During the internal examination, your therapist will ask you to undress from the waist down. You will have to lie down on your back. For your privacy and comfort, you’ll be draped.
While there are no complicated instruments involved in the assessment, your therapist will use a pair of gloves and lubrication. If you’ve experienced undergoing a pap smear, it’s quite gentler than that.
If you are comfortable with watching, you can ask your therapist to position a mirror so you can get a clear view of what’s happening. For some patients, having that sense of control makes them more comfortable and at ease throughout the procedure.
Once the exam is over, you and your therapist will start creating a plan so you can restore your pelvic floor muscles and organs to their optimum condition. She will determine how many sessions are required for your case and she’ll guide you about the exercises you can do at home to help speed up the recovery process.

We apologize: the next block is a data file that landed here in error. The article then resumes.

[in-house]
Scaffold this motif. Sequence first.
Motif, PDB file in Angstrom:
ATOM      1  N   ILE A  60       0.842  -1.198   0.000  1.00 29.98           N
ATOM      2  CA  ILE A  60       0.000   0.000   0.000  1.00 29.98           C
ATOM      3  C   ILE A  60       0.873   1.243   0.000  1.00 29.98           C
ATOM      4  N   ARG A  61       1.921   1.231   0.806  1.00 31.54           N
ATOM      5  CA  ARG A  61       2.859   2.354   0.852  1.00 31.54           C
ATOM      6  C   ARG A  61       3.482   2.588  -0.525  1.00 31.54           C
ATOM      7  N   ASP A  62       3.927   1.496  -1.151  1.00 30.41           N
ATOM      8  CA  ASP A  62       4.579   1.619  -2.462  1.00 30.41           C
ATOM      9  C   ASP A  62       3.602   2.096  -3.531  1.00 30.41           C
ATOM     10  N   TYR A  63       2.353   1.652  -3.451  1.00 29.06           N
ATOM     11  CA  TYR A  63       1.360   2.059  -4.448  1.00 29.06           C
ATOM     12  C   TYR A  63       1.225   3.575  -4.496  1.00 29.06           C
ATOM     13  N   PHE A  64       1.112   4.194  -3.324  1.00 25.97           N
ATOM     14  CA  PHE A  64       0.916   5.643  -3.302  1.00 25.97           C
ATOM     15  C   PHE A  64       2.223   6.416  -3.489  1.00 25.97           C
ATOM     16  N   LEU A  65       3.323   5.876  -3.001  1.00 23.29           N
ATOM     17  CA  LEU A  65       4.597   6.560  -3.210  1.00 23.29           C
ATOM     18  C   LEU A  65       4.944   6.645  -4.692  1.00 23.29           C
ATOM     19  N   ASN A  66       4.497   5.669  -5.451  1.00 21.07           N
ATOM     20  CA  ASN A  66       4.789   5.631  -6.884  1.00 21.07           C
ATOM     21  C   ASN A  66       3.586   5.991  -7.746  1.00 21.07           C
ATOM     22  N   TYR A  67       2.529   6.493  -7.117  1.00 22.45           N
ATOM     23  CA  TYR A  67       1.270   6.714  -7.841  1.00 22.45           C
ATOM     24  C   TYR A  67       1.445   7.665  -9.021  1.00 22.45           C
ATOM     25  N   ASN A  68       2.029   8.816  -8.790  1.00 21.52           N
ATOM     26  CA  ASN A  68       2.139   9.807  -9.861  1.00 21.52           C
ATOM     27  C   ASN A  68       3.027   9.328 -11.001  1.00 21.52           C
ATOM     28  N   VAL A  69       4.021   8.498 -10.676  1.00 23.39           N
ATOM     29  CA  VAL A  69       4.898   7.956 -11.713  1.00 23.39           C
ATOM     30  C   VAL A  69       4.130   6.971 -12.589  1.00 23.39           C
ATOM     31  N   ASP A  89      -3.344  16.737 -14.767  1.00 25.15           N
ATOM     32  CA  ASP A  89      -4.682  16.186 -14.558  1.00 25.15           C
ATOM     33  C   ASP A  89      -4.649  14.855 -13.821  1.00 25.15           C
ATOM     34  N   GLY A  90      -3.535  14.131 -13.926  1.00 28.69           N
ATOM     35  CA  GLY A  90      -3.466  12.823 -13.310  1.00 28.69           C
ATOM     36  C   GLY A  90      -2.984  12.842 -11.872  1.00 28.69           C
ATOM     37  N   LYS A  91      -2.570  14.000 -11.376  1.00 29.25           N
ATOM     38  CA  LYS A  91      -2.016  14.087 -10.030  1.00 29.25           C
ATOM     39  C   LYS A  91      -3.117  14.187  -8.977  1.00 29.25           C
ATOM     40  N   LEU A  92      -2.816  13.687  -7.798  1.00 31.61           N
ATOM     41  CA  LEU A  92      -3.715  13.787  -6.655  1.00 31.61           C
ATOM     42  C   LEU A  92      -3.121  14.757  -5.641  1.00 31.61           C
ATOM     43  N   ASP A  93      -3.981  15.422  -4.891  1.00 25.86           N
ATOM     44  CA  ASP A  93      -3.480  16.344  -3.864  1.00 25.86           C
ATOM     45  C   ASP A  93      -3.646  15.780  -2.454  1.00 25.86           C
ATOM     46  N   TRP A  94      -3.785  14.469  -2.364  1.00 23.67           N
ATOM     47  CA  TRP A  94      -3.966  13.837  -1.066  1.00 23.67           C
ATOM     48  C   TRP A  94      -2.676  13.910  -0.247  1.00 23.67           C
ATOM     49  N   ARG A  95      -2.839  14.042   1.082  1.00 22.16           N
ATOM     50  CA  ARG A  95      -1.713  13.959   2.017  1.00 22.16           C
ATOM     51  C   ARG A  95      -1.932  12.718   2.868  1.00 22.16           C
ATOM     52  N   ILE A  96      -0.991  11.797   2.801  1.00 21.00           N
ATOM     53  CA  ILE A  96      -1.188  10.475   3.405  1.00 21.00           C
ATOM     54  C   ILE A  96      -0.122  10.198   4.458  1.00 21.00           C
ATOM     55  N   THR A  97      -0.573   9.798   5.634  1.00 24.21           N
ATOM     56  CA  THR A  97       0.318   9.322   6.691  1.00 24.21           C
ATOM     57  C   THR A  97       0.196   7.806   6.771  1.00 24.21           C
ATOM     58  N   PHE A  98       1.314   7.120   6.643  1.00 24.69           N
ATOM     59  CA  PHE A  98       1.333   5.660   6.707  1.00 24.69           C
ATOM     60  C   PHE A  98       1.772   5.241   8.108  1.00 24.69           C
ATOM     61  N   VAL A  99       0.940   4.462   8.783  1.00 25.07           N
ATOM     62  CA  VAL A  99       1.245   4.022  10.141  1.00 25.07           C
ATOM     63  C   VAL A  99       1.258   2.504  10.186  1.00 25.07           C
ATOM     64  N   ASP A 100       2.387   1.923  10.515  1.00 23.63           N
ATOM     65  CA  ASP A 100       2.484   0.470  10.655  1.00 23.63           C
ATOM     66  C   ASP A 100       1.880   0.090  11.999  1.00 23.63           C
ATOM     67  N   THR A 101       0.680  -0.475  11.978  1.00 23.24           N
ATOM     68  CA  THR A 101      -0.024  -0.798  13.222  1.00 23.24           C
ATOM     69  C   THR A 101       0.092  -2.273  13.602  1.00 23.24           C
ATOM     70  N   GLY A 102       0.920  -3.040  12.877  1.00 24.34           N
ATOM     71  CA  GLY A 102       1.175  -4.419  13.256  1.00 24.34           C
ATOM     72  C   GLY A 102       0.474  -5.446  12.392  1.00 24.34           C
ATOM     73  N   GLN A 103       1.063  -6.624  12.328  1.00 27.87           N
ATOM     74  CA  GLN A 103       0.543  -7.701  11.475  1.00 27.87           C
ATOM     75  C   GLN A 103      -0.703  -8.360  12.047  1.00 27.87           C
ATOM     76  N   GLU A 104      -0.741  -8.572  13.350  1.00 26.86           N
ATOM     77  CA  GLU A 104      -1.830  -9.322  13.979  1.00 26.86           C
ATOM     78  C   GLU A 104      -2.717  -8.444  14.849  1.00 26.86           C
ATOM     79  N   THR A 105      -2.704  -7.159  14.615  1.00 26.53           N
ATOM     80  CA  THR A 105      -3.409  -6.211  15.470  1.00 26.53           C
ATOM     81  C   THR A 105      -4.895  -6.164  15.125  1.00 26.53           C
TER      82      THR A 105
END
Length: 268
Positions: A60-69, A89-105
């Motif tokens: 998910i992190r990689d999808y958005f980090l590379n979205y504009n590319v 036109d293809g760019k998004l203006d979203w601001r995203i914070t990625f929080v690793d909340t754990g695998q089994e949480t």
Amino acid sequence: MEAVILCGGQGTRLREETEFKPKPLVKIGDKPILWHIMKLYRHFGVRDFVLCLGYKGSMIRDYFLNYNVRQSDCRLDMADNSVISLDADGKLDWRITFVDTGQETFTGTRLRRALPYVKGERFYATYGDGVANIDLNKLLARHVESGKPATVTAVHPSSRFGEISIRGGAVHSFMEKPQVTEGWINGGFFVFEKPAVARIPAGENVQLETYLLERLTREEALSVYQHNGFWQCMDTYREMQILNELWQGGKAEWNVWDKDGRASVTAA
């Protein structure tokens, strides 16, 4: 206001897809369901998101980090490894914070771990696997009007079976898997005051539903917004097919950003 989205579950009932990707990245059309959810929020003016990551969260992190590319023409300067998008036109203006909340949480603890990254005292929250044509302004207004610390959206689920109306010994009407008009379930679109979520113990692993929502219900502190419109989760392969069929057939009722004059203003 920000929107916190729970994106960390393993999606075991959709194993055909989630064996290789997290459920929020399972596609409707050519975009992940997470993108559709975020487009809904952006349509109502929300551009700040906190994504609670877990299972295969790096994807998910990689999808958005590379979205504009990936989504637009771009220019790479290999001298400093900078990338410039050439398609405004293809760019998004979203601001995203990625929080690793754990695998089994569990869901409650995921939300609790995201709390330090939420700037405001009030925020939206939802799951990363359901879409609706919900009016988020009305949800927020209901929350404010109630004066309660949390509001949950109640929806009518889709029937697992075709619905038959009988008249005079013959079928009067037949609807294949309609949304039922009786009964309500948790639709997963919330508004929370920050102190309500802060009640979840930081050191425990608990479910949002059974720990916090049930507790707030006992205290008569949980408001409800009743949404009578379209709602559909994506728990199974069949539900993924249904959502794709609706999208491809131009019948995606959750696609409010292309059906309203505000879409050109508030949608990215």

A customized exercise program will be created just for you that will teach you effective breathing, relaxation and contraction technique to optimize your results and recovery.
If your muscles are too tight then she might perform manual manipulation therapy of the pelvic floor. Think of it a massage of your pelvic floor muscle with her finger.
Another tool that might also be used is a biofeedback device. A probe is inserted inside your vagina to assess how the pelvic floor is functioning. It will also give you real-time feedback regarding if you are doing the exercise right.
Electrical stimulation can also be a part of the treatment plan. The device is programmed to give low voltage shocks to the muscles that stimulates contractions. This is indicated for individuals with weak pelvic floor muscles that are not able to contract their muscles. If you can’t do a Kegel you probably will need electric stimulation.
Another device that might be introduced to you by your therapist is a vaginal dilator. This is mainly used for women who experience pain with sex due to over tightness or spasms of the pelvic floor muscles. She will teach you how, when and how often to use it.
Now there you have it. If you think you might need it but you are still afraid first talk to your healthcare provider and also physical therapist that specializes in pelvic floor rehab.
You can’t start a program without a doctor’s order or a referral, therefore you will need to ask for one.